|Worth seeing:||as a beautifully shot, nicely performed exploration of the ever familiar theme of post 9/11 community relations|
|Featuring:||Christopher Simpson, Satish Kaushik, Tannishtha Chatterjee, Abdul Nlephaz Ali, Bijal Chandaria, Harsh Nayyar, Harvey Virdi, Lalita Ahmed, Lana Rahman, Naeema Begum, Zafreen|
|Released:||16th November 2007|
WHAT’S IT ABOUT?
In the late 1980s, a young Bangladeshi woman, Nazneen (Chatterjee) is sent to London to marry a much older businessman, Chanu (Satish Kaushik). They settle in a poky flat in Bethnal Green, where they bring up their two young daughters.
By the early noughties, Nazneen is still feeling desperately homesick and she hasn’t grown any more comfortable in this arranged marriage. The kindly Chanu can see that she is unhappy and agrees at least to consider returning the family to Bangladesh. But British born-and-bred, the girls have no interest in moving.
While Chanu struggles to find a new job, Nazneen uses her seamstress skills to bring some money into the household. Before long, she finds herself falling passionately in love with a young man she does business with, Karim (Christopher Simpson). For the first time since her arrival in the UK, she feels happy, and the unsuspecting Chanu can’t work out why she’s suddenly lost the taste for returning to Bangladesh, now that he’s finally decided it’s the right thing to do.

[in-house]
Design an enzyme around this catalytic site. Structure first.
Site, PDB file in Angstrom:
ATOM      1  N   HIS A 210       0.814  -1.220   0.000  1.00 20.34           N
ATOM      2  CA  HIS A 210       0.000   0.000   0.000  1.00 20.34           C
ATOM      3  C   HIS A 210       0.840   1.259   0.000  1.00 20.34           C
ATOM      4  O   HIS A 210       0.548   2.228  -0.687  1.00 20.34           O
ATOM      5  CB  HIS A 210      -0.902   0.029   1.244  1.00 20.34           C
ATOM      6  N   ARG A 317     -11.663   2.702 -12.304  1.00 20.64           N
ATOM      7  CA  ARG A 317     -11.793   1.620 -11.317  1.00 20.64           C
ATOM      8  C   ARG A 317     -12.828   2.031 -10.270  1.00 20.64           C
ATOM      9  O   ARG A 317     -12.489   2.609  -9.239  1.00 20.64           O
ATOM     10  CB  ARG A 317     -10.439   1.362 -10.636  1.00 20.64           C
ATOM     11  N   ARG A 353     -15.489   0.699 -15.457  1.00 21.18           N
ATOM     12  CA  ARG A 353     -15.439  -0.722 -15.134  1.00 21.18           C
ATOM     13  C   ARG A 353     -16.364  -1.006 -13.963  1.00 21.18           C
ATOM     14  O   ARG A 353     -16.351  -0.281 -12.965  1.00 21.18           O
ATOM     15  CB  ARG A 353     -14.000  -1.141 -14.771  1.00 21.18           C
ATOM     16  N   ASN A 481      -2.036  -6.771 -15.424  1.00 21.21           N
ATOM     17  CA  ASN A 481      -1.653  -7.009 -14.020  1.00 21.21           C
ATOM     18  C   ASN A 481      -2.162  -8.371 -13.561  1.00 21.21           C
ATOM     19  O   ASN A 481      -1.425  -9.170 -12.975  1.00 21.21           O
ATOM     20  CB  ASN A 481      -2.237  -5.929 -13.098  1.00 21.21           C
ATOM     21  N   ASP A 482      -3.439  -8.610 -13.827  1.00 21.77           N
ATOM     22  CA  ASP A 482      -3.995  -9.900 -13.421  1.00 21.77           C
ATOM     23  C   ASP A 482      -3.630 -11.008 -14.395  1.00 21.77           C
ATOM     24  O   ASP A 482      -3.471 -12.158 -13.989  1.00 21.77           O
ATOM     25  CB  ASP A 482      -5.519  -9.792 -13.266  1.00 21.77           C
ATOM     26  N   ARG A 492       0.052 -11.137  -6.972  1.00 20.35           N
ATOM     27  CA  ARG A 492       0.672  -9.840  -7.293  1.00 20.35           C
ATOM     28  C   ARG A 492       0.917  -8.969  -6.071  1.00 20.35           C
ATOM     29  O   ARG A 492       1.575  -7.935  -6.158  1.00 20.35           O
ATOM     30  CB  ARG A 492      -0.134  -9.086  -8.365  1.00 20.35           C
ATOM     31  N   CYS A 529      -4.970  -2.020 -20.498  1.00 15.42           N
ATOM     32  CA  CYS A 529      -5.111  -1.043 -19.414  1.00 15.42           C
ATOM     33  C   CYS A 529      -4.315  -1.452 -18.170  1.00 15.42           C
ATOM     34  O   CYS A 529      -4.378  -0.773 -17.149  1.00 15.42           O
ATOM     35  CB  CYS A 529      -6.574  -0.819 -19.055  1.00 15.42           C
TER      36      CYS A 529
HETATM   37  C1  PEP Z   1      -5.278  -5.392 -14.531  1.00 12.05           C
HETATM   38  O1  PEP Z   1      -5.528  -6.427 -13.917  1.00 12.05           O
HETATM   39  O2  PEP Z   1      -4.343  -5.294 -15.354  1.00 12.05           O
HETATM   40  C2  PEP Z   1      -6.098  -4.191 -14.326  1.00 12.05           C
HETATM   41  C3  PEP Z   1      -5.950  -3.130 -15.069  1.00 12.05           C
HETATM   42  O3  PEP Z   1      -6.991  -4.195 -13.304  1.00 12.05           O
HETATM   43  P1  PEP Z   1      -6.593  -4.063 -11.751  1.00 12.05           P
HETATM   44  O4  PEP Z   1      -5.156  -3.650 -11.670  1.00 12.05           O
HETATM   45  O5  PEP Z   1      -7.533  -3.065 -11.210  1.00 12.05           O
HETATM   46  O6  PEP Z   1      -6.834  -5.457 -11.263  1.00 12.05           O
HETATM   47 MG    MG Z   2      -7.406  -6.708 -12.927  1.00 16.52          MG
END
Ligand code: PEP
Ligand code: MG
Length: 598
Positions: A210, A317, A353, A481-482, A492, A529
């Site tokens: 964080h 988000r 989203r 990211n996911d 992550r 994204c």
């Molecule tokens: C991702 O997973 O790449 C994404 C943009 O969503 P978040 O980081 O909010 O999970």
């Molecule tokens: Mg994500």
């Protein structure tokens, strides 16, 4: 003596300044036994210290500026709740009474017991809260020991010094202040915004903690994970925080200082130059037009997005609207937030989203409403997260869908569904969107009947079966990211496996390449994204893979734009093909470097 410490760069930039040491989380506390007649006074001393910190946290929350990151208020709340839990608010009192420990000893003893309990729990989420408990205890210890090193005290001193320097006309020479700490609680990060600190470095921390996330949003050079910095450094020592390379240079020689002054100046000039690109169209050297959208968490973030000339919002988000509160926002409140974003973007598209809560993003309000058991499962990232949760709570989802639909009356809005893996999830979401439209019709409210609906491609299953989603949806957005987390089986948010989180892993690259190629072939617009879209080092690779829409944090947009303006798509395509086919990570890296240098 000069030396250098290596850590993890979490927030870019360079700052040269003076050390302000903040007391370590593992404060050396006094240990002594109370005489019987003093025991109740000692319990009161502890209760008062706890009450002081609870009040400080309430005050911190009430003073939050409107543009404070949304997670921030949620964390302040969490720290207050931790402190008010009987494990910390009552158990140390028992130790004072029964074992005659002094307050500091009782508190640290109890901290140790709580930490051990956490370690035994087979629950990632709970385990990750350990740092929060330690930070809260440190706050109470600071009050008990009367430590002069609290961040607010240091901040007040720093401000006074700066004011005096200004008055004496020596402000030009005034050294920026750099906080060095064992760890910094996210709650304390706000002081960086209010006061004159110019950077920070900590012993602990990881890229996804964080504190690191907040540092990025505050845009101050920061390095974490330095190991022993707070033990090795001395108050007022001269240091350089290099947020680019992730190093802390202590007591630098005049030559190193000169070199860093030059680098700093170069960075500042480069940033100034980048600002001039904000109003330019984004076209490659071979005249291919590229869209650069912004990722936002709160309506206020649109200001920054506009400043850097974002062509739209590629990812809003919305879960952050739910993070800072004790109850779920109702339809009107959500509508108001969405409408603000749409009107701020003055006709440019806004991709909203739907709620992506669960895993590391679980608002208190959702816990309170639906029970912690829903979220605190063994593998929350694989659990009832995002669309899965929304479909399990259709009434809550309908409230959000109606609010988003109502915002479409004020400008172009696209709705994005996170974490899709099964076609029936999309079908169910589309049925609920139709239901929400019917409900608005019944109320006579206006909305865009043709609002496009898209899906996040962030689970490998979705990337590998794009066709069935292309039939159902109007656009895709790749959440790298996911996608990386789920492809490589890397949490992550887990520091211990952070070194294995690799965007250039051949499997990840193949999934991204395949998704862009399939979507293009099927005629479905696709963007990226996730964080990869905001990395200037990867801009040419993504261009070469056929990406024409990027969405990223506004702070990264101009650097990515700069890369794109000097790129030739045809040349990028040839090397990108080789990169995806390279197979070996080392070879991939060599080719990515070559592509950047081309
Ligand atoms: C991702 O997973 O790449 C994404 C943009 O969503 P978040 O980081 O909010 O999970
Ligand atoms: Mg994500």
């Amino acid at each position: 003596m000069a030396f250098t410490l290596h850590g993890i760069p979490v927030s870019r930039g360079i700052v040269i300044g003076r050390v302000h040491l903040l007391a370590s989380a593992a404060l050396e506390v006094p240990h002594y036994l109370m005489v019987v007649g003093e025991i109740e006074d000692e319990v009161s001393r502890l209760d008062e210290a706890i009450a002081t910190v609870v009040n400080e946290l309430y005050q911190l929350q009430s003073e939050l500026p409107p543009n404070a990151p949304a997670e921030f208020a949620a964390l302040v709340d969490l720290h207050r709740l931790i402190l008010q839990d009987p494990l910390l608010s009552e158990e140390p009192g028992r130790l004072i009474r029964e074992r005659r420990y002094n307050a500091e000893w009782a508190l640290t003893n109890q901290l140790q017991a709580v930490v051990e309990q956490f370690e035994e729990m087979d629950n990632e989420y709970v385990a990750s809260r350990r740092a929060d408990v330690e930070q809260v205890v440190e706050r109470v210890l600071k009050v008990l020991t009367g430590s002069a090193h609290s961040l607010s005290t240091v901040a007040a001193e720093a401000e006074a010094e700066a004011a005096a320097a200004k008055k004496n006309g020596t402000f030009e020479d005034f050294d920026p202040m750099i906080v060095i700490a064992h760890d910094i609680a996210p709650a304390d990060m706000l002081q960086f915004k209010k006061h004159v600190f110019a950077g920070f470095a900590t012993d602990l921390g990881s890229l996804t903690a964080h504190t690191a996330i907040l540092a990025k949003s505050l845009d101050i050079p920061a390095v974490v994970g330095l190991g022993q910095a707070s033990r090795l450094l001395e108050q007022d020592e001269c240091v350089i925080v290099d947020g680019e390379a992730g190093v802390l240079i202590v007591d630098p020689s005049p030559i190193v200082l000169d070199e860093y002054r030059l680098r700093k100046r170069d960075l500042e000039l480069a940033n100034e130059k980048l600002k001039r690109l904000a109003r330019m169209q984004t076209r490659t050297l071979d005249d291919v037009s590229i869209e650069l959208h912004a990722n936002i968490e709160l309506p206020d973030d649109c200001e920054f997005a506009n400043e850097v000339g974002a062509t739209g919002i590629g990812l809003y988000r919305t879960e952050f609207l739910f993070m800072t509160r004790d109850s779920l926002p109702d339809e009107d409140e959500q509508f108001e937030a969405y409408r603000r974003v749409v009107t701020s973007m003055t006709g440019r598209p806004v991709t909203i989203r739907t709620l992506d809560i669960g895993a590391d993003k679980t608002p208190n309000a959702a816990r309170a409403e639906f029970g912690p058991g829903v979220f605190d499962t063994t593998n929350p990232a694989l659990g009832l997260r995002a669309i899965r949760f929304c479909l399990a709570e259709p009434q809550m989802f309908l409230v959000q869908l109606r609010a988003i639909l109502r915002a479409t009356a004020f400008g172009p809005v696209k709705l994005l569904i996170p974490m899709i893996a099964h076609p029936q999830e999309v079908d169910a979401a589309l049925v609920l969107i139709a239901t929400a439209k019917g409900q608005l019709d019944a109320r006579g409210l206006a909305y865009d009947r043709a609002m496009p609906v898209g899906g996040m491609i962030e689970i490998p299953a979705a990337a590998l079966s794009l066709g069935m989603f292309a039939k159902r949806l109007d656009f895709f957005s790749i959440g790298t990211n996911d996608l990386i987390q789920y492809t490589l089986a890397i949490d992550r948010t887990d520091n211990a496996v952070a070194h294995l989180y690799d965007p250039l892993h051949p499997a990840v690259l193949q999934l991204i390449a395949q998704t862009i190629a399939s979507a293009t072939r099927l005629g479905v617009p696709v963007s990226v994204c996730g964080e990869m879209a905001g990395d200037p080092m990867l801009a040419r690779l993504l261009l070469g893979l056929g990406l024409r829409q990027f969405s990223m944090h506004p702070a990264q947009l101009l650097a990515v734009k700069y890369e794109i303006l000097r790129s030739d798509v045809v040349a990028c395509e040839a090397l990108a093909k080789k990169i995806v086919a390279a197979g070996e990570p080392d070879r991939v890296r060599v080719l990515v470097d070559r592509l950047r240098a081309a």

Nazneen’s newfound happiness is destroyed on the fateful day of September the 11th 2001. When two planes fly into the World Trade Center twin towers in Manhattan, many of the younger members of London’s Bangladeshi community become radicalised muslims, fighting for their faith against the Islamophobia that ensues.
WHAT’S IT LIKE?
Much of Sarah Gavron’s picturesque feature directorial debut feels very familiar – immigrant communities struggling to fit in, forbidden love, muslims being radicalised by 9/11 – and much of it feels very claustrophobic, taking place mainly in a poky Brick Lane flat and the bustling neighbouring streets.
The contrast between these and the early romantic, colourful and spacious scenes in Bangladesh are striking. The imagery in general is impressive – Gavron knows where to put her camera and how to move it so that at every point, the reflections and shadows of characters are every bit as important to the set up of each scene as the characters themselves.
As a fish-out-of-water drama, the film was refreshing. The tragic love affair was initially moving. But when the film took a political turn, it became a different beast altogether – a considerably less original and confusing one.
Although never losing the core theme of Nazneen’s happiness, or otherwise, there’s too much going on for a small film which doesn’t have as much ambition as it thinks it does.
It’s not much more than an hour-and-a-half soap opera episode, with a higher class of cinematography.
Perhaps the highlights of the film are the two key performances – Chatterjee and Kaushik – her repressed emotions and his convincing blend of chauvinism, warmth, maturity and honour.